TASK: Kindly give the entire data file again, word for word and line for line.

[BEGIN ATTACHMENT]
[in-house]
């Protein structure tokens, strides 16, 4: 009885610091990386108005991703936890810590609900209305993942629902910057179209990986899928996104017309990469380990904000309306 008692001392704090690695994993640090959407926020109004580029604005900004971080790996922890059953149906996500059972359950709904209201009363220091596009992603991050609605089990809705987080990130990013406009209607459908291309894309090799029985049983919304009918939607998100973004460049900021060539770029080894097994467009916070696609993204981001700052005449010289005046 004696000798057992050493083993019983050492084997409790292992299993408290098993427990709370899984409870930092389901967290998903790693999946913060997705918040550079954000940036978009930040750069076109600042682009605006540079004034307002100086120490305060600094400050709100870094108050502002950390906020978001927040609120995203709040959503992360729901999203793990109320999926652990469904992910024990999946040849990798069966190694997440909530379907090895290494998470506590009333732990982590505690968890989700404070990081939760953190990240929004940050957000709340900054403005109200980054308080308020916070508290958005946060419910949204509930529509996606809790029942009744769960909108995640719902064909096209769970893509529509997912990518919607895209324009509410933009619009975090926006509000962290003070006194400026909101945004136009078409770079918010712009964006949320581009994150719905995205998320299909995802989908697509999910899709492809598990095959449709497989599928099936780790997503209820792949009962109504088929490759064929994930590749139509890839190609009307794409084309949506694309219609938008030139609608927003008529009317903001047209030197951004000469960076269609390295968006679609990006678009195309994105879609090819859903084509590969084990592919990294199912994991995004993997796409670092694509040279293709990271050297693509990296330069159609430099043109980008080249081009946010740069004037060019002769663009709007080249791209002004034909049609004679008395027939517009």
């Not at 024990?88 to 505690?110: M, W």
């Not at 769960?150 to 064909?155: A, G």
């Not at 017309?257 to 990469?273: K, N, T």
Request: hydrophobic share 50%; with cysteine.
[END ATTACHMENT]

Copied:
[in-house]
């Protein structure tokens, strides 16, 4: 009885610091990386108005991703936890810590609900209305993942629902910057179209990986899928996104017309990469380990904000309306 008692001392704090690695994993640090959407926020109004580029604005900004971080790996922890059953149906996500059972359950709904209201009363220091596009992603991050609605089990809705987080990130990013406009209607459908291309894309090799029985049983919304009918939607998100973004460049900021060539770029080894097994467009916070696609993204981001700052005449010289005046 004696000798057992050493083993019983050492084997409790292992299993408290098993427990709370899984409870930092389901967290998903790693999946913060997705918040550079954000940036978009930040750069076109600042682009605006540079004034307002100086120490305060600094400050709100870094108050502002950390906020978001927040609120995203709040959503992360729901999203793990109320999926652990469904992910024990999946040849990798069966190694997440909530379907090895290494998470506590009333732990982590505690968890989700404070990081939760953190990240929004940050957000709340900054403005109200980054308080308020916070508290958005946060419910949204509930529509996606809790029942009744769960909108995640719902064909096209769970893509529509997912990518919607895209324009509410933009619009975090926006509000962290003070006194400026909101945004136009078409770079918010712009964006949320581009994150719905995205998320299909995802989908697509999910899709492809598990095959449709497989599928099936780790997503209820792949009962109504088929490759064929994930590749139509890839190609009307794409084309949506694309219609938008030139609608927003008529009317903001047209030197951004000469960076269609390295968006679609990006678009195309994105879609090819859903084509590969084990592919990294199912994991995004993997796409670092694509040279293709990271050297693509990296330069159609430099043109980008080249081009946010740069004037060019002769663009709007080249791209002004034909049609004679008395027939517009």
């Not at 024990?88 to 505690?110: M, W």
């Not at 769960?150 to 064909?155: A, G």
């Not at 017309?257 to 990469?273: K, N, T």
Request: hydrophobic share 50%; with cysteine.